The 8 golden rules for an idyllic child-dog relationship

Who wouldn’t dream of it? A dog and a baby to be with your family. The kid shared all his secrets with the dog and they were together forever. The two found a lifelong friendship. Who doesn’t find these photos of a cute dog sleeping in the bed of an irresistibly cute child? This ideal image is always the goal of most parents. But the child -dog relationship becomes more complicated than that. In my canine behavioral therapy practice, I have received countless files on my desk from dogs that apparently ‘out of the blue’ have bitten the child or from parents who constantly shout ‘no’ because the child runs after the dog all day. Proof that the child and dog relationship is not always smooth. So how do you make sure the child and dog relationship is smooth? These 8 golden rules are important.

Rule 1: Learn your dog’s body language “I’m Enough”

A bite rarely happens ‘unexpectedly’. Often the dog has already given so many discreet signals that he no longer likes it. Make sure not only you, but your child, are aware of these signals.

Rule 2: Possession is possession, possession is art

Teach the child and the dog to never take anything from each other, even if the dog has your child’s favorite toy in his mouth. This requires not only a healthy dose of obedience training with the dog (such as learning a “loose” non-confrontational command), but also a healthy dose of repetition with children: “You DON’T take anything out of a dog’s mouth. If he steals something, you ask mom or dad to return it.”

Rule #3: Safe Harbor

Agree with your children where they will leave the dog alone at all times (for example, its box, the basket). A counsel: ask them to make their own cardboard sign with the inscription “no entry” and mark the no-entry zone through a visual means, such as a red line on the ground around the shelter.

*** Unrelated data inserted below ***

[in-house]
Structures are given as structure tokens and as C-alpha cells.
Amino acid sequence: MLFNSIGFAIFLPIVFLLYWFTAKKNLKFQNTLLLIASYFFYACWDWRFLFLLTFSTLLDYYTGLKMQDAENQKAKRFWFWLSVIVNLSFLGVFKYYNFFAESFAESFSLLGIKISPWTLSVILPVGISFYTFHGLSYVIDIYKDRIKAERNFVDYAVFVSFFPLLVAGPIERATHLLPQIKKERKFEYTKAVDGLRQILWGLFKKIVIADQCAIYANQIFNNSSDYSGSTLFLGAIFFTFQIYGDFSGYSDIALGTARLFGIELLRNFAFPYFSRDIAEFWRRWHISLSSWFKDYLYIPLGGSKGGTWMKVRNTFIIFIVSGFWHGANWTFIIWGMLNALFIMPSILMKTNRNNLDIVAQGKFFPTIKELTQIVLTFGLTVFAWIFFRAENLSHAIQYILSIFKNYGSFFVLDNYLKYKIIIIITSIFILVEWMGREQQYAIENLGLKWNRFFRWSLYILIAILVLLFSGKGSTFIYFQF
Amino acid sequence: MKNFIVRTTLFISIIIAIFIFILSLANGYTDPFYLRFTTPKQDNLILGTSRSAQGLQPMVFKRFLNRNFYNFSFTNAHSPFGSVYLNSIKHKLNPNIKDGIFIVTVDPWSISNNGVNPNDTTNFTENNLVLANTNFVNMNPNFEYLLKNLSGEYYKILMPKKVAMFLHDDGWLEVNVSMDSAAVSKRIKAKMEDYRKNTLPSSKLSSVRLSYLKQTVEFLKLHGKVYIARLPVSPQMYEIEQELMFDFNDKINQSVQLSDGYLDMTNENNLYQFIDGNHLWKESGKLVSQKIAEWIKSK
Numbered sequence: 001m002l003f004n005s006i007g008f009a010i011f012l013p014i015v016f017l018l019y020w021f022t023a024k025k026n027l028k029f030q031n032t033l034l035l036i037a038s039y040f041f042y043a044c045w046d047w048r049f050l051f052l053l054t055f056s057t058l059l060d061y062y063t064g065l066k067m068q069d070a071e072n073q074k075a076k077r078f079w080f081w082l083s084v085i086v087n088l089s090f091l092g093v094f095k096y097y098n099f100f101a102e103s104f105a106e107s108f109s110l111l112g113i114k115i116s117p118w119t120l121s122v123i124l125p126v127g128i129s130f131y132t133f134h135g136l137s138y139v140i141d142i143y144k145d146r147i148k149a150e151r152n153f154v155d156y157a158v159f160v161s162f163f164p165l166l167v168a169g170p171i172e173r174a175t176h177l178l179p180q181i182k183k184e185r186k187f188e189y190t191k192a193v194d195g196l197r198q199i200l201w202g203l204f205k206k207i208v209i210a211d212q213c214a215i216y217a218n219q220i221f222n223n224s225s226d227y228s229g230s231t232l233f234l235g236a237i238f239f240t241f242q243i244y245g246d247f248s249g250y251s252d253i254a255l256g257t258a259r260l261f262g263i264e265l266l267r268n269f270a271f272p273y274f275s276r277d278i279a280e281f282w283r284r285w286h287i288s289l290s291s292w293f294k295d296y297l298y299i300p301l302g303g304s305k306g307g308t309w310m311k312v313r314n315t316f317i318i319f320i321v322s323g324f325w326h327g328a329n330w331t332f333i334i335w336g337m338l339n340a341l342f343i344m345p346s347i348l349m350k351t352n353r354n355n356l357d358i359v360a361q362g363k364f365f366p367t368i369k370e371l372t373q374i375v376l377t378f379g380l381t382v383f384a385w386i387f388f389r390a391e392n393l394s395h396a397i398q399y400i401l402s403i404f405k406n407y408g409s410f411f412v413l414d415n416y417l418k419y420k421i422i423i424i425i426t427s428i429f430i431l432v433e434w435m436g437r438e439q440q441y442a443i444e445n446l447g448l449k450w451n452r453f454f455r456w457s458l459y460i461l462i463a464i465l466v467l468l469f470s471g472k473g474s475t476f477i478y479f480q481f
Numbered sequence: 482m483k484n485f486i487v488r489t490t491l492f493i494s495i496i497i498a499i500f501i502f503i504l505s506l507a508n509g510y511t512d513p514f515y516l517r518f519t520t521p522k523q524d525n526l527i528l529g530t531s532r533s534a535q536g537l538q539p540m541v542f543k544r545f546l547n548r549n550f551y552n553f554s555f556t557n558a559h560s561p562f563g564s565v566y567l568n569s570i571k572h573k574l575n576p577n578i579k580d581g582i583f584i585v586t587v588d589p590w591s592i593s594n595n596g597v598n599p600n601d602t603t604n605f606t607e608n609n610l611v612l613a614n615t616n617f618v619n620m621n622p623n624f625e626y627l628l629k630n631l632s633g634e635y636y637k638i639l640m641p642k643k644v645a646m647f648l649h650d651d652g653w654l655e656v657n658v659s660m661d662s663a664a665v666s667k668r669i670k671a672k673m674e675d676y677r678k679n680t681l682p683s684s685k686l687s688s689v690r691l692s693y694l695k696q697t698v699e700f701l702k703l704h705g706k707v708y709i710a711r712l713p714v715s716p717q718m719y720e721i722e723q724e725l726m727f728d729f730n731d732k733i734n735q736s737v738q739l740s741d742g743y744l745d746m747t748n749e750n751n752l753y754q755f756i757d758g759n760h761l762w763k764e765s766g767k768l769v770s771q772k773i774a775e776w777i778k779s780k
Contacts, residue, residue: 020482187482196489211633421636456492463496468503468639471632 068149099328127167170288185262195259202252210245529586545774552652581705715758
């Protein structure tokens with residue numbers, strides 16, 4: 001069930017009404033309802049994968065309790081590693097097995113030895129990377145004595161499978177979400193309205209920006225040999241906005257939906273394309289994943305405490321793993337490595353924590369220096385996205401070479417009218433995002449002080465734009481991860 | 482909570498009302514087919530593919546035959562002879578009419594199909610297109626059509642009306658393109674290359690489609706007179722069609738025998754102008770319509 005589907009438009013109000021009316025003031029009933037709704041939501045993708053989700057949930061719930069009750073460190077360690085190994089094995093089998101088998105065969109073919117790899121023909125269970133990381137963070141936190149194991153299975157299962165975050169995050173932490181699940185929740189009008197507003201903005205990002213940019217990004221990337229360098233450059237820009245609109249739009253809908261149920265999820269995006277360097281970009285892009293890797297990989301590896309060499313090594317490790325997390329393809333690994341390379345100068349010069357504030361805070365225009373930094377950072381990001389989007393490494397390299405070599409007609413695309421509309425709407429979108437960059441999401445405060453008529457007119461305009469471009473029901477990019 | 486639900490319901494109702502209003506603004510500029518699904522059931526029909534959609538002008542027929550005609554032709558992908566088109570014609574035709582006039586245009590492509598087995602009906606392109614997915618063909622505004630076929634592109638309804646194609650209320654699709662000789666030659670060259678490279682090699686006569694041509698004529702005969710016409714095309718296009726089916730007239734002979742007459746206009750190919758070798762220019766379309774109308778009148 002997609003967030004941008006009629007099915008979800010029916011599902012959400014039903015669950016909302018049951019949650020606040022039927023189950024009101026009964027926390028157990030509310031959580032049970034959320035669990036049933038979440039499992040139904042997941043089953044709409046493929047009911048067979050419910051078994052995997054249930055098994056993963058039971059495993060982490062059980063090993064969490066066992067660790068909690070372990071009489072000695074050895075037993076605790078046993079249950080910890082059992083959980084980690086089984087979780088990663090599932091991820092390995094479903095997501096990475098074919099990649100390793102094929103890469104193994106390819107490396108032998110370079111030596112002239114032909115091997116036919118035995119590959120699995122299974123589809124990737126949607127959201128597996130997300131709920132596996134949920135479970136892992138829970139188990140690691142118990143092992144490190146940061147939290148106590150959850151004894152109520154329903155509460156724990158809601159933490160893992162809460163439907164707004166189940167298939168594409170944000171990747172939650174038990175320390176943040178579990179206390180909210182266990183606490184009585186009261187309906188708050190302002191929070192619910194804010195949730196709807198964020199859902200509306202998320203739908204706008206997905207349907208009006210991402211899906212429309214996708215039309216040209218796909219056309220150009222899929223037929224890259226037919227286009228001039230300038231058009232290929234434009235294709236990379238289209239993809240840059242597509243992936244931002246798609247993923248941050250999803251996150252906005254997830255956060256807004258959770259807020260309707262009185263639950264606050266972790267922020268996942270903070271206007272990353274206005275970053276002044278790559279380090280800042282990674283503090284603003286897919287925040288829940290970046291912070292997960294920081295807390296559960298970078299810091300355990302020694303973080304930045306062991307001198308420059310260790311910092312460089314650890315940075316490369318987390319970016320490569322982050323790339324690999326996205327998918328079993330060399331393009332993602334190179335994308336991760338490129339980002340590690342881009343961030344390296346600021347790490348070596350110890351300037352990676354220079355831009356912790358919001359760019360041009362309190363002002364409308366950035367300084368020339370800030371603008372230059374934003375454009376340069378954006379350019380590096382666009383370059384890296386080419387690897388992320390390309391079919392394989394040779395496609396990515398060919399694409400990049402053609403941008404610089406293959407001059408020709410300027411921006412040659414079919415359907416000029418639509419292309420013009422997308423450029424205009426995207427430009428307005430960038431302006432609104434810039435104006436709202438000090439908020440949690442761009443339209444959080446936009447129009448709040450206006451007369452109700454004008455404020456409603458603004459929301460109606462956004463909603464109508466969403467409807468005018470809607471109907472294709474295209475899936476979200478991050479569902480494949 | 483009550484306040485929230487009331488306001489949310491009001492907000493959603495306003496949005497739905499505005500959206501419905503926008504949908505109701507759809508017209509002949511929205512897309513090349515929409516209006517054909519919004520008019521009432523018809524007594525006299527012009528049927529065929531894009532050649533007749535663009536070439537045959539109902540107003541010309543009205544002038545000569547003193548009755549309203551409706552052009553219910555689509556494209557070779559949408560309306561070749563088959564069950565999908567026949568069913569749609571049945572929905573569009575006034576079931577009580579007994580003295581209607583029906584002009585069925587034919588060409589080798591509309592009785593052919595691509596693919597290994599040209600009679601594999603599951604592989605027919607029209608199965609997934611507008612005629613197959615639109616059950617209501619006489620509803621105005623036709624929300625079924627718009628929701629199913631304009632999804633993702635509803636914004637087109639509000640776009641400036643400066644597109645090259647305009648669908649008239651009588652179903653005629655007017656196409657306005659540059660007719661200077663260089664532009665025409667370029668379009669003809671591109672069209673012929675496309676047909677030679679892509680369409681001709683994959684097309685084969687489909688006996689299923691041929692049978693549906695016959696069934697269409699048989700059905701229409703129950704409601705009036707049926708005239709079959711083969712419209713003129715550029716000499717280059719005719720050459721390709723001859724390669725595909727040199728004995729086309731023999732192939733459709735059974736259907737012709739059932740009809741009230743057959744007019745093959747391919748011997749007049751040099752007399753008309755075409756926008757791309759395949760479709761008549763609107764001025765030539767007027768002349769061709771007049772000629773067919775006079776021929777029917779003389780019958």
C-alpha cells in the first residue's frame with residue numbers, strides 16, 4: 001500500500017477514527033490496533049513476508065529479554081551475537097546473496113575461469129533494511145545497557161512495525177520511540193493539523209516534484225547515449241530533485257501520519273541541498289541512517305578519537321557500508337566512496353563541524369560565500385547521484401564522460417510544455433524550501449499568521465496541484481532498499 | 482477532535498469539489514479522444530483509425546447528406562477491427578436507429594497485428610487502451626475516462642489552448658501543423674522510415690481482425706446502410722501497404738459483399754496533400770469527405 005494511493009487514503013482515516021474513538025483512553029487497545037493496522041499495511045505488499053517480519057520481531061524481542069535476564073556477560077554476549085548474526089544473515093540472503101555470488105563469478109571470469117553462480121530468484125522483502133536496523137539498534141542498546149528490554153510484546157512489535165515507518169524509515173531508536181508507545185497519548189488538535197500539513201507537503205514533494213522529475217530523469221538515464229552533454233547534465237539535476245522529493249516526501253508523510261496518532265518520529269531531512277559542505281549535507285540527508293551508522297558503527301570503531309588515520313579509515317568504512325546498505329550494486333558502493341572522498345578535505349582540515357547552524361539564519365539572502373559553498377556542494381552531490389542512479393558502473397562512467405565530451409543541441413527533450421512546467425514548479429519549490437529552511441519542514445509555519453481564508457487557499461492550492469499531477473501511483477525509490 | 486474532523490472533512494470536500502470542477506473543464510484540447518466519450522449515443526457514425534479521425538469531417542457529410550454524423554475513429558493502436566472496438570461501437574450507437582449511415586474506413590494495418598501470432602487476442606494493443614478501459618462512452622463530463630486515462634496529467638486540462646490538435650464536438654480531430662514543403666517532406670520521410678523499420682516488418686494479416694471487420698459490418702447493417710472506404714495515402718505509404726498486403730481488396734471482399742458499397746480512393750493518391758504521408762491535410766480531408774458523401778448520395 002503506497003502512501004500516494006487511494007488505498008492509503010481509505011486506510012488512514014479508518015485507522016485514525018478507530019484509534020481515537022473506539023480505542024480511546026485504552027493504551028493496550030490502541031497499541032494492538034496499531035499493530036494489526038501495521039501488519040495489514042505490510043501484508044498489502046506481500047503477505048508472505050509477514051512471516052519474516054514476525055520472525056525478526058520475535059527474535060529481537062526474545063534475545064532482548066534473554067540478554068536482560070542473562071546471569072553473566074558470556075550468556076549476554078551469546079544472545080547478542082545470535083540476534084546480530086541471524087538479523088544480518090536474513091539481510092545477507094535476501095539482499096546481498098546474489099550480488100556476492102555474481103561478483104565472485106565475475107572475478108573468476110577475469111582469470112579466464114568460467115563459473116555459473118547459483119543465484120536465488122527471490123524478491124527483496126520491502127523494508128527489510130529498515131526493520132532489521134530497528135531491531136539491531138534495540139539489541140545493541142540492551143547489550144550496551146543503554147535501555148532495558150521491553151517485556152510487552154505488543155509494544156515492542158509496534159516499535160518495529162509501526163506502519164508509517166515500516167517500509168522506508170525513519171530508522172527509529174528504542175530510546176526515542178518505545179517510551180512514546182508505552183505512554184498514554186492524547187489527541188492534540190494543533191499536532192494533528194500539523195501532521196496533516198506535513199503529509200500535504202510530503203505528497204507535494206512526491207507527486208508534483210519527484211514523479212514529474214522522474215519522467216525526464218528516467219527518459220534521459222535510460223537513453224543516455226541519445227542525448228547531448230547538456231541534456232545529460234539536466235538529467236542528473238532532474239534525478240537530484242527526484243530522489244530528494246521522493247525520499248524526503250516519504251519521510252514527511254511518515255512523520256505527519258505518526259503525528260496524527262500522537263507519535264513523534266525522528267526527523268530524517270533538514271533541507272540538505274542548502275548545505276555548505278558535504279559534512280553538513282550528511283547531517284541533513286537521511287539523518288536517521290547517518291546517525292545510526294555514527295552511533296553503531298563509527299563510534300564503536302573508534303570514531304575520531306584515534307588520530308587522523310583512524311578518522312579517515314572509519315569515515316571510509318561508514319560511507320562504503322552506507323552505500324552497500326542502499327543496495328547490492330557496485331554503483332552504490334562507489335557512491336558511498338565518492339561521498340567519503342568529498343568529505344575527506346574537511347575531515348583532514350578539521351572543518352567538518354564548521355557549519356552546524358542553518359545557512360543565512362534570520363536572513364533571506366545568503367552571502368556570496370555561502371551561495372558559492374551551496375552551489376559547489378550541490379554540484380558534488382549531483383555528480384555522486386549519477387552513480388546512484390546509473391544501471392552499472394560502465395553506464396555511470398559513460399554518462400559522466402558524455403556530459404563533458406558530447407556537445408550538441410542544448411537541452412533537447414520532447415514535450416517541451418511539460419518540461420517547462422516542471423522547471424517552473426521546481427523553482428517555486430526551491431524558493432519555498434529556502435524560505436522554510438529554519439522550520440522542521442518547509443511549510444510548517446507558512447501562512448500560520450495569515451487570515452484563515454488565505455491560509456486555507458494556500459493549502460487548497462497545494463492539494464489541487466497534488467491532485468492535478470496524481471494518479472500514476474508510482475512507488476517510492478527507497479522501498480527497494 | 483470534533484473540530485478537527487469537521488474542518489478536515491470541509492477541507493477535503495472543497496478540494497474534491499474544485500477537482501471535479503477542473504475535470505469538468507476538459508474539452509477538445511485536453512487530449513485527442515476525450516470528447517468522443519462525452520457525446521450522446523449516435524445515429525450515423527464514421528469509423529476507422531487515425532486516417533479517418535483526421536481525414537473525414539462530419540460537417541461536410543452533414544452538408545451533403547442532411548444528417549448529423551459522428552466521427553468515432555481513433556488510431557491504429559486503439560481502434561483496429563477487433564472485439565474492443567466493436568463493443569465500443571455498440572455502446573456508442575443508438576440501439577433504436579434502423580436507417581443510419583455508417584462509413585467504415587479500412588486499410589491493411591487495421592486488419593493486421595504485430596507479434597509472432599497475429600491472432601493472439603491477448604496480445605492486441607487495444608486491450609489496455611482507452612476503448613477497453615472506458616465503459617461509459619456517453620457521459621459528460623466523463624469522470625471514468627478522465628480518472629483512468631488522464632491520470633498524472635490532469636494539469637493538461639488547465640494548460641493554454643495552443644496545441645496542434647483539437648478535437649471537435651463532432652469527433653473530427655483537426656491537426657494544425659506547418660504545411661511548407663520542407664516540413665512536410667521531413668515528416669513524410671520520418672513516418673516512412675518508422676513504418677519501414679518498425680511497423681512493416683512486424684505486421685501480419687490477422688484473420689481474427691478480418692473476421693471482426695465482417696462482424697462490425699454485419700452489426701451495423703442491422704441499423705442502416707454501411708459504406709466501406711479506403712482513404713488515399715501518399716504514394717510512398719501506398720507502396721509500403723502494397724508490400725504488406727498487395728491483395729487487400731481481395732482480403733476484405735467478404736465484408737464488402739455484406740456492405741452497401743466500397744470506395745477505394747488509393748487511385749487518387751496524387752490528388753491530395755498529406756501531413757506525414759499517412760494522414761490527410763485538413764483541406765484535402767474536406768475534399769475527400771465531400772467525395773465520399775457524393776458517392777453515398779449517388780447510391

Rule #4: Who is the boss?

Be careful that children never discipline the dog itself. This is the role of moms and dads. Interactions stop immediately when a child forces the dog to do something (e.g., dress up)

Rule n ° 5: free choice

Give the dog an option to walk easily when he is old enough. This means that children should not turn on the dog, chase it under the table and never lift it. Free choice also means you can’t force the dog to stay with the child longer than he or she would like (no, even for a cute picture). Teach children to ask the dog first if he wants to.

To do this, use the convenient mnemonic device.

  1. Clap your legs or hands to make the dog call to you. Will he not come to you? So leave him.
  2. Take care of the dog for 3 seconds
  3. Stop after 3 seconds and observe the dog’s behavior. Will the dog leave? That’s why she didn’t want him to get pregnant. Is he looking at you, approaching you, or pushing his hip or leg? So he wants more!

Rule 6: Rest

If the dog is in the room, there is no wild behavior or shouting. Children now live with an animal and it requires some basic rules and common sense. It is forbidden to drive the animal mad. The rule of calm also applies to the dog: around children, there is no wild behavior, so there is no jumping or running after them. There are many quiet games for kids and dogs. Think especially about finding or remembering games.